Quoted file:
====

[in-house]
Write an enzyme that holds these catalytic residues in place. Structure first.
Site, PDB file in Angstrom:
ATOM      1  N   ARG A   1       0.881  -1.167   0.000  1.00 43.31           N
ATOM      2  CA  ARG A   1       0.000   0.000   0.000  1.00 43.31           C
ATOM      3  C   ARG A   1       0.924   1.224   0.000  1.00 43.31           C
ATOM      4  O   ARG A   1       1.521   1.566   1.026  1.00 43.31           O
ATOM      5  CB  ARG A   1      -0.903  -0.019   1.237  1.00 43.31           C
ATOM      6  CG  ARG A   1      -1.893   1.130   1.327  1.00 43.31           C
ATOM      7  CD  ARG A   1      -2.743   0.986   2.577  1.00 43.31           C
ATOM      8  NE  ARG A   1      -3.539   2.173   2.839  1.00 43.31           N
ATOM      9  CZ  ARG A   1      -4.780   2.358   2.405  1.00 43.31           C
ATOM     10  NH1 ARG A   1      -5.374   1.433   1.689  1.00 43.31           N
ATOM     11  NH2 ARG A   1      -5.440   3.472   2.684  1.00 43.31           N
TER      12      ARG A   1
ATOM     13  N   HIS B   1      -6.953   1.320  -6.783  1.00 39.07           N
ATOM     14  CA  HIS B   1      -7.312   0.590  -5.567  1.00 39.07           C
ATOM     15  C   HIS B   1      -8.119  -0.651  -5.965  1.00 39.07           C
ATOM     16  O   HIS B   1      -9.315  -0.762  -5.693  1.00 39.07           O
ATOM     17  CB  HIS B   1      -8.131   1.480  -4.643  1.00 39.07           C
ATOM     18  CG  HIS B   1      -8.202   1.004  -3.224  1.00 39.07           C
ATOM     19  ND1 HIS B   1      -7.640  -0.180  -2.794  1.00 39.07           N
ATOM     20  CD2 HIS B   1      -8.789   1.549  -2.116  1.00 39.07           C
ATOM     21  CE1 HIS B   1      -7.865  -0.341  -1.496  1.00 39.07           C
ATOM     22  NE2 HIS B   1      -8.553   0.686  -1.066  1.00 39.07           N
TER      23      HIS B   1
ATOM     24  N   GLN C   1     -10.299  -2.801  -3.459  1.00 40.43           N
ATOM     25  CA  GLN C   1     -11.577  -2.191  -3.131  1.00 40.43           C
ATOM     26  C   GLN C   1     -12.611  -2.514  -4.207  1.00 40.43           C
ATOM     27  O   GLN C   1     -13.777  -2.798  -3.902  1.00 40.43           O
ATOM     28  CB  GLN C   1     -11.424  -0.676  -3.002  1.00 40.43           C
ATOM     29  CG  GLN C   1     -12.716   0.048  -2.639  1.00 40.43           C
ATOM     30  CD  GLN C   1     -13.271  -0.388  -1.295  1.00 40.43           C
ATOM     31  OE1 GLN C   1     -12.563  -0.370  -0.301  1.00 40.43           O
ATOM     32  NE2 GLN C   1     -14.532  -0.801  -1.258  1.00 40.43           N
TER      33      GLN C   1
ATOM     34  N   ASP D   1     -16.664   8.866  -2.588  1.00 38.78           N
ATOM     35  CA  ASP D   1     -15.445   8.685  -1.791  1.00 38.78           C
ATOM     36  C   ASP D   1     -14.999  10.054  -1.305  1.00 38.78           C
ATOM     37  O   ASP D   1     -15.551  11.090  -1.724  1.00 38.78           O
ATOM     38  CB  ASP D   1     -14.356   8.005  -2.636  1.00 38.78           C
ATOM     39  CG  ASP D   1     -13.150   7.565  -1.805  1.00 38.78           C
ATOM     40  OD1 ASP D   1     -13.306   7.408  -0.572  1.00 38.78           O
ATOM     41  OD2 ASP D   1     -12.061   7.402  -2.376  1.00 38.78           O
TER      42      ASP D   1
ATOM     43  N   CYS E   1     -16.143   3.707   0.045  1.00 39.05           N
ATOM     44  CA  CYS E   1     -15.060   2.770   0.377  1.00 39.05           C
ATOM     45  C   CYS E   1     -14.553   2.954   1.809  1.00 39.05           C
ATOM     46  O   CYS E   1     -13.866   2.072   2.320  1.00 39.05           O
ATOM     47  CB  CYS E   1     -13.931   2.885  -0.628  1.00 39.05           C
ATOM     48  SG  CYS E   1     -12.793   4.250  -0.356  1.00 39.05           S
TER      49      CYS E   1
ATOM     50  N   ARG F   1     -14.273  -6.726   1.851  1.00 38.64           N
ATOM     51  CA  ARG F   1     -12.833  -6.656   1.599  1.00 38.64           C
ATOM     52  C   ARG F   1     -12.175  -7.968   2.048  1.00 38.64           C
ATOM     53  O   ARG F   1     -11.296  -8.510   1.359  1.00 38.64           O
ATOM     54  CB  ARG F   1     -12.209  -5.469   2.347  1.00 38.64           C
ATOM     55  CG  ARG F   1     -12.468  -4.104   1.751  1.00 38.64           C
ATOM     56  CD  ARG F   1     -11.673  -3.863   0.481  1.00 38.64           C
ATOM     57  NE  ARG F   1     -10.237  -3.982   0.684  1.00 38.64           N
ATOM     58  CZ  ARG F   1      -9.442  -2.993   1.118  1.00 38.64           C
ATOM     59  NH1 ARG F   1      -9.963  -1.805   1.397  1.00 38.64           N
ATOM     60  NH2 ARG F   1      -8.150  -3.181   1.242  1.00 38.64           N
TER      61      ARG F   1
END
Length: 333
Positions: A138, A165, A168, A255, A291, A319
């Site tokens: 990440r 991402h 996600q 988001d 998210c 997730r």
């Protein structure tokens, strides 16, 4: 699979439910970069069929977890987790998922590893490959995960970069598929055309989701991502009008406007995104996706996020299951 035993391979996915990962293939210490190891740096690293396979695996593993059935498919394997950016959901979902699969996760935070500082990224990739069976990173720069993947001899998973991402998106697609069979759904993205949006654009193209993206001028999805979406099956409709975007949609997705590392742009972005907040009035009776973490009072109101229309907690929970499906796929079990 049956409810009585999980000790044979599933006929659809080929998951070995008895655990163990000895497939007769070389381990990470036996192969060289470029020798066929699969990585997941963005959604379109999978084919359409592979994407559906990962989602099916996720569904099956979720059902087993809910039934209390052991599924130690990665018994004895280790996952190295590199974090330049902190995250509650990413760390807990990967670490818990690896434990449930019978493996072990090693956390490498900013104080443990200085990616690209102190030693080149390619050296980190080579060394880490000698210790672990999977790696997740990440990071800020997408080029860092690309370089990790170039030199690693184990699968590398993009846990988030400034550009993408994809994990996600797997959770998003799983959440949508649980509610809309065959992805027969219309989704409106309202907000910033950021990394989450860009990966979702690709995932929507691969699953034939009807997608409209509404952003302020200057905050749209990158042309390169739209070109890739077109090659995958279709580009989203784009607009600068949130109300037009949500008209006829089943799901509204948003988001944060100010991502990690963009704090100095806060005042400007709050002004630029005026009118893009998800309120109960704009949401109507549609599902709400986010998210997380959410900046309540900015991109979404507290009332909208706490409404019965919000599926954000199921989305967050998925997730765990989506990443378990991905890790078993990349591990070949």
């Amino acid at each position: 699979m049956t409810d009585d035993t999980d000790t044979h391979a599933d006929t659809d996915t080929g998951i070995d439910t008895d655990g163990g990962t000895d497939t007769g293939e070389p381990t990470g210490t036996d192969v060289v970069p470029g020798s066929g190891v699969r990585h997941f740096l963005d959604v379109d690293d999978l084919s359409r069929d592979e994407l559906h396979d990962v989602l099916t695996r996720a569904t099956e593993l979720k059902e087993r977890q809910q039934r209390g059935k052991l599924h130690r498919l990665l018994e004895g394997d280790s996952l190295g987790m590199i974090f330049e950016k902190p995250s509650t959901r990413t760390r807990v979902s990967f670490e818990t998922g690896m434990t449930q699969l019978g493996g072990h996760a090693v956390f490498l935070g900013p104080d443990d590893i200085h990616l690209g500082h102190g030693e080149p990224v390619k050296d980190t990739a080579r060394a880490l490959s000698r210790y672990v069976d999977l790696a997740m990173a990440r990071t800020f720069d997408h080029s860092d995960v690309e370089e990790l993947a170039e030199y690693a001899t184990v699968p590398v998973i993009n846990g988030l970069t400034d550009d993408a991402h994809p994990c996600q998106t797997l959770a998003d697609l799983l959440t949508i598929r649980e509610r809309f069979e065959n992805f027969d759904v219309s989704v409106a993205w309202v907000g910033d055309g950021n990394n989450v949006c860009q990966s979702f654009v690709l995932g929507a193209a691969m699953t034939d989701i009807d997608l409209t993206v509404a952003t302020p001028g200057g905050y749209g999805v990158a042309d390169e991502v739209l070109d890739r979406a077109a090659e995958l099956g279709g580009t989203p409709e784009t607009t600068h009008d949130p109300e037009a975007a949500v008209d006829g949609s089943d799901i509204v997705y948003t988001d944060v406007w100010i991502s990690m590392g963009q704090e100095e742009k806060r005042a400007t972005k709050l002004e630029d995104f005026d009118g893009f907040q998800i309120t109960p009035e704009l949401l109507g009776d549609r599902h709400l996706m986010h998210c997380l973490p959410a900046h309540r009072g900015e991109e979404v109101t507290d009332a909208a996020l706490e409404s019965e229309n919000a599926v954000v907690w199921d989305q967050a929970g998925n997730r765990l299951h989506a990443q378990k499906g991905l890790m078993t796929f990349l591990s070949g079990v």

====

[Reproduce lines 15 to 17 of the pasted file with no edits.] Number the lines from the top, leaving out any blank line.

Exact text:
TER      12      ARG A   1
ATOM     13  N   HIS B   1      -6.953   1.320  -6.783  1.00 39.07           N
ATOM     14  CA  HIS B   1      -7.312   0.590  -5.567  1.00 39.07           C